Wolves Foundation mark National Loneliness Week

This week has been National Loneliness Week, offering a reminder as to how the Wolves Foundation has been engaging with people young and old over the last three months of the Covid-19 pandemic.

Loneliness Awareness Week is organised by the Marmalade Trust charity which aims to show that feeling lonely is normal, and to encourage people to both talk about that emotion but also make new connections.

Feelings of loneliness and isolation can be difficult to deal with even in normal circumstances, and potentially even more so during the lockdown that had to be brought in as the coronavirus took hold.

Having had to postpone all face-to-face activities, Wolves Foundation has adapted the delivery of its projects during the pandemic, but has done everything within its power to keep in touch with its partner organisations and participants.

This has included:

  • The Wolves At Home initiative where club legends joined Wolves’ staff in telephoning elderly and vulnerable supporters who were isolated at home.
  • Check in and Chat as the successful Head 4 Health project to improve men’s mental health was taken online ensuring participants still had someone to turn to.
  • A Pen Pal scheme where young people who had previously engaged with the Foundation wrote letters to elderly participants of the Molineux Memories and Wolves Elders clubs.
  • The S-X Factor, with Foundation Ambassador Producer S-X getting involved in a music competition to engage young people who would normally be attending the PL Kicks programme.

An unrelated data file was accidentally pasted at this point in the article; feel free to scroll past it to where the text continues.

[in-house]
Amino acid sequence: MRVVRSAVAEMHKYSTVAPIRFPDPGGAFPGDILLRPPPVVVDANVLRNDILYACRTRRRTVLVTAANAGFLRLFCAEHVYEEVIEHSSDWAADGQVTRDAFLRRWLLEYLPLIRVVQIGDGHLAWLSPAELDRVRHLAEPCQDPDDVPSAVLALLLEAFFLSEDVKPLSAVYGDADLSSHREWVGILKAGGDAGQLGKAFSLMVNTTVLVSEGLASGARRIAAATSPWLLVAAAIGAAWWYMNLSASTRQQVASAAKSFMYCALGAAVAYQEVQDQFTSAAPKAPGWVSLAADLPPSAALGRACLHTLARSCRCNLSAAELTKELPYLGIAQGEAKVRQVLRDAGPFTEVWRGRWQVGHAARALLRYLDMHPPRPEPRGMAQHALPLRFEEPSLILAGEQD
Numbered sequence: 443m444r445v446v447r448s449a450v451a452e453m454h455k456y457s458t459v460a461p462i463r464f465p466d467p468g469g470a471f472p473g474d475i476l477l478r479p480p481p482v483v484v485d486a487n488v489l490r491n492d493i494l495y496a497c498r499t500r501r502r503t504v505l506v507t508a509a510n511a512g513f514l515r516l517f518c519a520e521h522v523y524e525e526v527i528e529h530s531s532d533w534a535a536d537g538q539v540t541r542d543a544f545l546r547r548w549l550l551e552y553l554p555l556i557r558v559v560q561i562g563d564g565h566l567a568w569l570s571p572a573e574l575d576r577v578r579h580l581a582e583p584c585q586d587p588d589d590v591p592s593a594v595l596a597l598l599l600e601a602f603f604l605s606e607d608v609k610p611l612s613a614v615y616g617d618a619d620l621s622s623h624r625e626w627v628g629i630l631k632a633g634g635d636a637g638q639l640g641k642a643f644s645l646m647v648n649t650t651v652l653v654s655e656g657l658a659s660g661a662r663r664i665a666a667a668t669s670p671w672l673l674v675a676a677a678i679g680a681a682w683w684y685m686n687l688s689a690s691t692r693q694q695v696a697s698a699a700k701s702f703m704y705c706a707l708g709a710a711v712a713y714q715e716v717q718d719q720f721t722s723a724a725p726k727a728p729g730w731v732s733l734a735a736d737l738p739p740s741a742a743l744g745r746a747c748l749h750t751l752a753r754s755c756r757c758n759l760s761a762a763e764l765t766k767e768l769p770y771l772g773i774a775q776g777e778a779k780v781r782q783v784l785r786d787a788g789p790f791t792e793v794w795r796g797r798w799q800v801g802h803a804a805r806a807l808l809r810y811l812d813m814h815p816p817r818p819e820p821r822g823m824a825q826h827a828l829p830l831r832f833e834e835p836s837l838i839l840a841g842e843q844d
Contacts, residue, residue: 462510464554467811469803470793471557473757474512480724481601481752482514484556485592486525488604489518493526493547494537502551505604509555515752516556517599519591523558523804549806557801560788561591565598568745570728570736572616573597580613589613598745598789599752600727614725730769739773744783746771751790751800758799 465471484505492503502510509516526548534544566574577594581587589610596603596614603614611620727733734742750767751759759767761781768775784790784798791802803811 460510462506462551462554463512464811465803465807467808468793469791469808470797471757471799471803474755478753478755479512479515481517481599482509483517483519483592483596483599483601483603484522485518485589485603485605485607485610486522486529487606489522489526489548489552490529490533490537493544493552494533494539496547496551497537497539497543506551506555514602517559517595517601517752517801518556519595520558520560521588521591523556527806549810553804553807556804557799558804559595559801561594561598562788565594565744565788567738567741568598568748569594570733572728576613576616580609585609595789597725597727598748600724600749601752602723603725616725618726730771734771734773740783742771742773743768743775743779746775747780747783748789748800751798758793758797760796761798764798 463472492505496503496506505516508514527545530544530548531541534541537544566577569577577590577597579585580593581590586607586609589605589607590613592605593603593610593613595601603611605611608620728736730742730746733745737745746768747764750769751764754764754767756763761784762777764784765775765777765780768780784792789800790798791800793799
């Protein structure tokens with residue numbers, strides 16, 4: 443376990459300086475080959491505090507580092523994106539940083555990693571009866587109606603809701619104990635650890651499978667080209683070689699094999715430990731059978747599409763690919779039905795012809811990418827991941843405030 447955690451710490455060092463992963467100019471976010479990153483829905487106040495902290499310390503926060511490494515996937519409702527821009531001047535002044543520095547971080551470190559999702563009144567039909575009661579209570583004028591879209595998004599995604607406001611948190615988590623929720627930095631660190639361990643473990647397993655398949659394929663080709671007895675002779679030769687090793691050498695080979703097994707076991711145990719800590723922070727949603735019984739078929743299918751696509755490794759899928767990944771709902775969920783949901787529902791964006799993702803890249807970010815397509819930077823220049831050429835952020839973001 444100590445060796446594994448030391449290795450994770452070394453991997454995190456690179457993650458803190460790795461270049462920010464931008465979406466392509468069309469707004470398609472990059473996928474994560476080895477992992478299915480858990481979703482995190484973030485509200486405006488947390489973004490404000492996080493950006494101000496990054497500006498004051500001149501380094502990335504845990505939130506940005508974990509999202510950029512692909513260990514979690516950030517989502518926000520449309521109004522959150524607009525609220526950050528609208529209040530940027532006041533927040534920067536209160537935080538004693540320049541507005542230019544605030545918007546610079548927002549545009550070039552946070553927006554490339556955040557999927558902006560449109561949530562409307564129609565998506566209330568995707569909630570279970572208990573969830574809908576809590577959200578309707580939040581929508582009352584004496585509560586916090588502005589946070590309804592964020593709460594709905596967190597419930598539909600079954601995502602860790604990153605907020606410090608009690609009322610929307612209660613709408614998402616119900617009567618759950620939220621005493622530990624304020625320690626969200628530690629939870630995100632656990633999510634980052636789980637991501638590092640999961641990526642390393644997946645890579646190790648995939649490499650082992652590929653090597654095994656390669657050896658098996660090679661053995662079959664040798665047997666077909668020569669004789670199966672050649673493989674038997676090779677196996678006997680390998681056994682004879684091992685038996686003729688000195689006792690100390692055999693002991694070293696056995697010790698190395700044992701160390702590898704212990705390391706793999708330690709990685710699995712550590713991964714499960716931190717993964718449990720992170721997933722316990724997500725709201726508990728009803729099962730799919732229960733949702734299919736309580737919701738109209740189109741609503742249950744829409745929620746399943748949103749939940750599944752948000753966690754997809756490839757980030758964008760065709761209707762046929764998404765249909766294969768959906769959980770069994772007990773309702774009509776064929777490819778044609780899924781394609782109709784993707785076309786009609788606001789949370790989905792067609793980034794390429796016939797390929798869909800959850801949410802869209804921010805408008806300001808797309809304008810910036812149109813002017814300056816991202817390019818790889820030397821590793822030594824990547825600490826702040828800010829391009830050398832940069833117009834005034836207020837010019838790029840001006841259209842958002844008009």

• Volunteering, with many Foundation staff members taking part in a City of Wolverhampton’s initiative, delivering shopping to elderly residents who were unable to leave their homes.  The Foundation has also given over its Arena at Aldersley for use by the council in preparing food parcels to be sent out.

“As the club’s official charity, we pride ourselves on being extremely visible and active within the local community with face-to-face delivery from staff on a huge range of projects,” said head of the Foundation, Will Clowes.

“As a result of the lockdown caused by the Covid-19 pandemic, all of these activities came to a sudden stop, completely understandably.

“However, we were all very aware that among the thousands of people of all ages across the City who benefit from Foundation activities, there were many who might find the change from normal life, and potentially that feeling of loneliness, very difficult to cope with.

“We transferred a lot of our delivery online, particularly to some of our partner schools and with ‘Check in and Chat’ as part of the Head 4 Health project, as well as contacting fans directly via ‘Wolves At Home’ and the Pen Pal scheme.

“I am very proud of the way our staff have responded to this crisis, ensuring they are there and ready to help people who may need them, and hopefully it is proving a benefit to those who have been feeling lonely and isolated and cut off from the outside world.”

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